Yeovil District Hospital’s error is that election information is buried deep with agenda papers for Council of Governors meeting, rather than a more accessible part of their site. See the latest 154-page monstrosity here. In March 2015, one of their agenda papers set out the upcoming process for the elections, and in June another agenda paper included the results (partial results – only the winning candidates were listed, with no vote data). This information cannot be found anywhere else on the website. Indeed, nobody would even know it was within the agenda papers unless they’d already opened the document. Interestingly – again, loosely – the relevant agenda paper from June notes the trusts’s disappointment with turnout: “It is positive that all seats were contested in the 2015 round. However, it is acknowledged that levels of turnout could be improved,” it states. A bit more publicity, perhaps?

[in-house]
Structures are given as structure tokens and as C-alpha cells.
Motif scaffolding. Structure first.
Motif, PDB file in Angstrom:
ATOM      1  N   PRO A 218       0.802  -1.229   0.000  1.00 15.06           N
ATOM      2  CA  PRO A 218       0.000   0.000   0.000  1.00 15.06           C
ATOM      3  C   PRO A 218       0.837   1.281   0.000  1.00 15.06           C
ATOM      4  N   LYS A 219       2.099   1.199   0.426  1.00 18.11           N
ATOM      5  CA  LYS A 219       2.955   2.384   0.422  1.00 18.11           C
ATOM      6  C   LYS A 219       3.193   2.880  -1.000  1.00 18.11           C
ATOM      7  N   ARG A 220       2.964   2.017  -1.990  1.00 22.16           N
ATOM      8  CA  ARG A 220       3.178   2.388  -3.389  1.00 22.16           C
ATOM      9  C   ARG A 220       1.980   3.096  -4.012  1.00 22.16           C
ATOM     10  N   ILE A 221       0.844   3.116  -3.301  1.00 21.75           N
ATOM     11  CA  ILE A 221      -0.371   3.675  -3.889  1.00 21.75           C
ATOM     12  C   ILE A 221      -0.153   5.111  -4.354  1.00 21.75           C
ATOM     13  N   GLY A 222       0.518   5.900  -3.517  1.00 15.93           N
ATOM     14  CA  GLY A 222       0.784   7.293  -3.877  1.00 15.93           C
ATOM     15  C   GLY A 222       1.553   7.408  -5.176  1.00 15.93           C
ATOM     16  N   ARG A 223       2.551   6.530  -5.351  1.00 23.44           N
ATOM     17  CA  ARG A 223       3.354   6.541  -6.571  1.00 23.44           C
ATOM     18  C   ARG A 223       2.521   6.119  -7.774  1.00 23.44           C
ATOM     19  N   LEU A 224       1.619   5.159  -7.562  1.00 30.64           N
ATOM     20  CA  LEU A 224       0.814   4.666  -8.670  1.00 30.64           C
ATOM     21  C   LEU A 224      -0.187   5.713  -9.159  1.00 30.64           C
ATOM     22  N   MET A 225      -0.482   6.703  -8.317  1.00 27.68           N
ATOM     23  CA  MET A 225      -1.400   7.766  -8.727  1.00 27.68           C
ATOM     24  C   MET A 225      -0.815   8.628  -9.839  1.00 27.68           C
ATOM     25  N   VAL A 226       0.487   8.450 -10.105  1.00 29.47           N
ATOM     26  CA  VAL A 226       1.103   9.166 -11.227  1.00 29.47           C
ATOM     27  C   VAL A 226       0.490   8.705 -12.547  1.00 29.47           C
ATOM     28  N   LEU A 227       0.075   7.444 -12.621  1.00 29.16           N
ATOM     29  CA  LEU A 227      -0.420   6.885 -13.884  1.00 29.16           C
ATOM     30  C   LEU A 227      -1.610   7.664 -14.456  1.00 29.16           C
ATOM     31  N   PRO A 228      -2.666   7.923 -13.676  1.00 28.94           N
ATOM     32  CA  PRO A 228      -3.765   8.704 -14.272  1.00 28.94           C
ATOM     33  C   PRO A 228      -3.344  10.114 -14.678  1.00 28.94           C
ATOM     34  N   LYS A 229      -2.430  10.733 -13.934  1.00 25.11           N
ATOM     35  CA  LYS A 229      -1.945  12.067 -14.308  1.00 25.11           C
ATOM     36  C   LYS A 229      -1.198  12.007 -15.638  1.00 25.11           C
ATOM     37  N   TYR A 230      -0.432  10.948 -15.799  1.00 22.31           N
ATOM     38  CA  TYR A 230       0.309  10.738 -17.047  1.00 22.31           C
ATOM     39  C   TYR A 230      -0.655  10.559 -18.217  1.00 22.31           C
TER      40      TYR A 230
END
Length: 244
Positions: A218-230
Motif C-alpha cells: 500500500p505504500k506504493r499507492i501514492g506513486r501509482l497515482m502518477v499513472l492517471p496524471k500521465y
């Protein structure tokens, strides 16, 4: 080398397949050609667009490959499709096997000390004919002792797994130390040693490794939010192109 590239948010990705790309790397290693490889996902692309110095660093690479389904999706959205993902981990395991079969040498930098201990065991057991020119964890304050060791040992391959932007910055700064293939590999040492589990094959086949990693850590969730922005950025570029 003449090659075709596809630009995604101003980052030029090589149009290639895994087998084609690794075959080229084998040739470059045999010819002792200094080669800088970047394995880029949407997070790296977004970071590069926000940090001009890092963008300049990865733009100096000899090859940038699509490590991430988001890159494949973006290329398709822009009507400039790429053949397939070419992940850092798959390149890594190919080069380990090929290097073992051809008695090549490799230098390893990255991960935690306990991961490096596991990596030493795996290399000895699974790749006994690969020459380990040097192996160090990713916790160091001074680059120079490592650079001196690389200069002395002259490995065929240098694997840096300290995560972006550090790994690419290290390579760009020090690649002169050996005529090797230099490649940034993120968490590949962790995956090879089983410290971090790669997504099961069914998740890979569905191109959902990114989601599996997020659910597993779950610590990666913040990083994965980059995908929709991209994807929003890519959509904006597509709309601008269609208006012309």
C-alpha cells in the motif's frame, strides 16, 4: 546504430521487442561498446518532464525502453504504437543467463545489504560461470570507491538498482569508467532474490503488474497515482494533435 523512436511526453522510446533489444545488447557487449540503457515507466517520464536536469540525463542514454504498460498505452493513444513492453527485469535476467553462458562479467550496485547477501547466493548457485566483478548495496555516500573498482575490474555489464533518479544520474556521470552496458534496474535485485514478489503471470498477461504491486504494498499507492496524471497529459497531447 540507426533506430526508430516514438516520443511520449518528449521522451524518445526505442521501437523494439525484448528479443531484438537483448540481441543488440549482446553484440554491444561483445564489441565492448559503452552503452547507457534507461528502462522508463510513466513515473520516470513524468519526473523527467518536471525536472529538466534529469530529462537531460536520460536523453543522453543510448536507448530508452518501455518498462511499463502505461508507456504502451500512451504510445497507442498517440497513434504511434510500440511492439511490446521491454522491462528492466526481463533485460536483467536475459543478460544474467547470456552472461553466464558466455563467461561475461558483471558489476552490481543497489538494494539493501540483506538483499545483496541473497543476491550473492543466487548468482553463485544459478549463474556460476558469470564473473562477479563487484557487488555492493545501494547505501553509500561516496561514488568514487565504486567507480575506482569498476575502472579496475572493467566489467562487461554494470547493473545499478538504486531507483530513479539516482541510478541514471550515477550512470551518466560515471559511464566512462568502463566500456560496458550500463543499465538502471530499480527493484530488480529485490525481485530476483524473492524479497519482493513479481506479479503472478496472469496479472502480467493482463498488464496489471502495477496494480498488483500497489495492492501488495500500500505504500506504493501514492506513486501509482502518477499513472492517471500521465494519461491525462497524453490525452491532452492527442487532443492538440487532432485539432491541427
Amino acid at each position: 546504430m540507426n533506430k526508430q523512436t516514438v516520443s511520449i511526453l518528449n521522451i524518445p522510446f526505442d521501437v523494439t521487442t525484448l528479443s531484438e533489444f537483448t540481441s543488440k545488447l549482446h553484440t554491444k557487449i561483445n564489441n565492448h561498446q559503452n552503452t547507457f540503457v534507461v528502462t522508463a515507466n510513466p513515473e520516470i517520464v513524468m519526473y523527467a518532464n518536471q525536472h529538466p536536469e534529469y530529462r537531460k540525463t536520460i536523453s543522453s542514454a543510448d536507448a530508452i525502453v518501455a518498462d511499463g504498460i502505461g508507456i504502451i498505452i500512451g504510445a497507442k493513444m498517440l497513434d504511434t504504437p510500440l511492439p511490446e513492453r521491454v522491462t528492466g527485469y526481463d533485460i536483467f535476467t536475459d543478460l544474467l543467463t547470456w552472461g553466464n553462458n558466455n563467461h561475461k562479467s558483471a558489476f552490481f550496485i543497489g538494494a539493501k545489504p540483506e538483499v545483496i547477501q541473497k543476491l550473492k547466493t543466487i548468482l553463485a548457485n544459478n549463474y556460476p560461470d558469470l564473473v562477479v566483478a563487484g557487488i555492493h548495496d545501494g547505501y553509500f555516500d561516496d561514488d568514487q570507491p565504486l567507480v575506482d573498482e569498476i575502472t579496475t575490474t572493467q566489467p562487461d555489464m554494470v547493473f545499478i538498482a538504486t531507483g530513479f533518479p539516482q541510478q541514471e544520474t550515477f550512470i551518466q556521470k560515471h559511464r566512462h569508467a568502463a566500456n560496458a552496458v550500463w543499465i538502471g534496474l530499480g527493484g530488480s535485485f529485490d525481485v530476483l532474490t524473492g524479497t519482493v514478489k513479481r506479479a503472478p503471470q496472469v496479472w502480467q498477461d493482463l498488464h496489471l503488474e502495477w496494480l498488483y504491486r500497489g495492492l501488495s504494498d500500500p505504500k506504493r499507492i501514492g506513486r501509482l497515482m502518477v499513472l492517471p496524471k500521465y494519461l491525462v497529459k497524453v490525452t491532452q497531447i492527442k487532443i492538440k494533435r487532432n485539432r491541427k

Look, I’m sure all of the trusts criticised here send out all relevant information to members in the post in a timely fashion, encouraging them to participate in elections. But that’s not good enough, at a time when the web is increasingly important as a source of electoral information. Why this matters is that publishing election results effectively is a chance to continue engaging with voters. It tells them what happened after they put their x in a box, and shows them that their vote matters. Next time around, voters will be more likely to think it important to engage in the electoral process.

Image: Wikimedia Foundation. Licensed under CC BY-SA 3.0 via Commons